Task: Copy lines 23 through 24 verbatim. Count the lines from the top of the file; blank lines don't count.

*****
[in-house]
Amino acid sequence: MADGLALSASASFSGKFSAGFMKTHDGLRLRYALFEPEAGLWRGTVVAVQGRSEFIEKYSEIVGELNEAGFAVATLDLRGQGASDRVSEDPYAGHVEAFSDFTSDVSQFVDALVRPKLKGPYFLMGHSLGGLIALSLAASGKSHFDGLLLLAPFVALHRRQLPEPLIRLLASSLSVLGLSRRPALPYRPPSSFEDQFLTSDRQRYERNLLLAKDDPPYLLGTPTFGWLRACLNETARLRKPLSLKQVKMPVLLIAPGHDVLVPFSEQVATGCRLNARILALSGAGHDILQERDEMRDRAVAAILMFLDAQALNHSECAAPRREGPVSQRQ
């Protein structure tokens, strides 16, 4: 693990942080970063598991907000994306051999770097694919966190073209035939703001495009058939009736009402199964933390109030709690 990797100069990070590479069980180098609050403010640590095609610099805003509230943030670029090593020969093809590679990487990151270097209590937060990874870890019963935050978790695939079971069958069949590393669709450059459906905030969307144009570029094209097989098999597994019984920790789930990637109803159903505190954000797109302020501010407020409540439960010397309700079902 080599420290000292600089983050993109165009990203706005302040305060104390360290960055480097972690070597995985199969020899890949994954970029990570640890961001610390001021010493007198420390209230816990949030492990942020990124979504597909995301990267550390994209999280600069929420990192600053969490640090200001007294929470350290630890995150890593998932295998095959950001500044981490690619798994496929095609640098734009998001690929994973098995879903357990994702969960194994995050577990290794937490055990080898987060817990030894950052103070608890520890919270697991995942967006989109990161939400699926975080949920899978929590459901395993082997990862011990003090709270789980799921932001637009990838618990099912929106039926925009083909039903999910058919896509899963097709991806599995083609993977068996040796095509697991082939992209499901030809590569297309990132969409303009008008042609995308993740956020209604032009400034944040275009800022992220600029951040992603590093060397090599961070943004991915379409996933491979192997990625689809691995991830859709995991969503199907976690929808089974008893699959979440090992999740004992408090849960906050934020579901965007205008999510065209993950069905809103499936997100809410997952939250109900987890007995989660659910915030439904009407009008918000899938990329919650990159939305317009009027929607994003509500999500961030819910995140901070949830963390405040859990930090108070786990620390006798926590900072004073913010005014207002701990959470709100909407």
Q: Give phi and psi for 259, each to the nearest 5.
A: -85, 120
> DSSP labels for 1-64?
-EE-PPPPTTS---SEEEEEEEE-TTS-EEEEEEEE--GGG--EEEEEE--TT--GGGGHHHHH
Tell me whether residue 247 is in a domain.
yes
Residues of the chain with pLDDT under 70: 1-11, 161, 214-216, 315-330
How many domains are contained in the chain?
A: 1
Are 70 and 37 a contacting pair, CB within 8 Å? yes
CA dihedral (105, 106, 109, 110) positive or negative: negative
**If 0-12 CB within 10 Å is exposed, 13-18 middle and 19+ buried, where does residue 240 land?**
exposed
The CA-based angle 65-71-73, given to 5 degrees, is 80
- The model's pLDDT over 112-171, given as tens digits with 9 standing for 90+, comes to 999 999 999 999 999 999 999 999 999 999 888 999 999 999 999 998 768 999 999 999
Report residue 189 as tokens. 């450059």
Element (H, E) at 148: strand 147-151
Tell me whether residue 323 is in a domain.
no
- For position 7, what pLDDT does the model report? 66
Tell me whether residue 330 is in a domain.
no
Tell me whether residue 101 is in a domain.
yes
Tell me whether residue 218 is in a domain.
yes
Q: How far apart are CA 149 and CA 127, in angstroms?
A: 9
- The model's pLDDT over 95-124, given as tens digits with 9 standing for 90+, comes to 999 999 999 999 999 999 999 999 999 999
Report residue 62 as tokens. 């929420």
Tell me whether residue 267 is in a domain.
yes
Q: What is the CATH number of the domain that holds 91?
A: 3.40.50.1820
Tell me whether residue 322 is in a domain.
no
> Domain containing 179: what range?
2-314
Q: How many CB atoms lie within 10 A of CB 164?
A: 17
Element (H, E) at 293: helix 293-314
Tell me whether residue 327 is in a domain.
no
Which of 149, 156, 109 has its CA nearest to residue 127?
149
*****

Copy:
- For position 7, what pLDDT does the model report? 66
Tell me whether residue 330 is in a domain.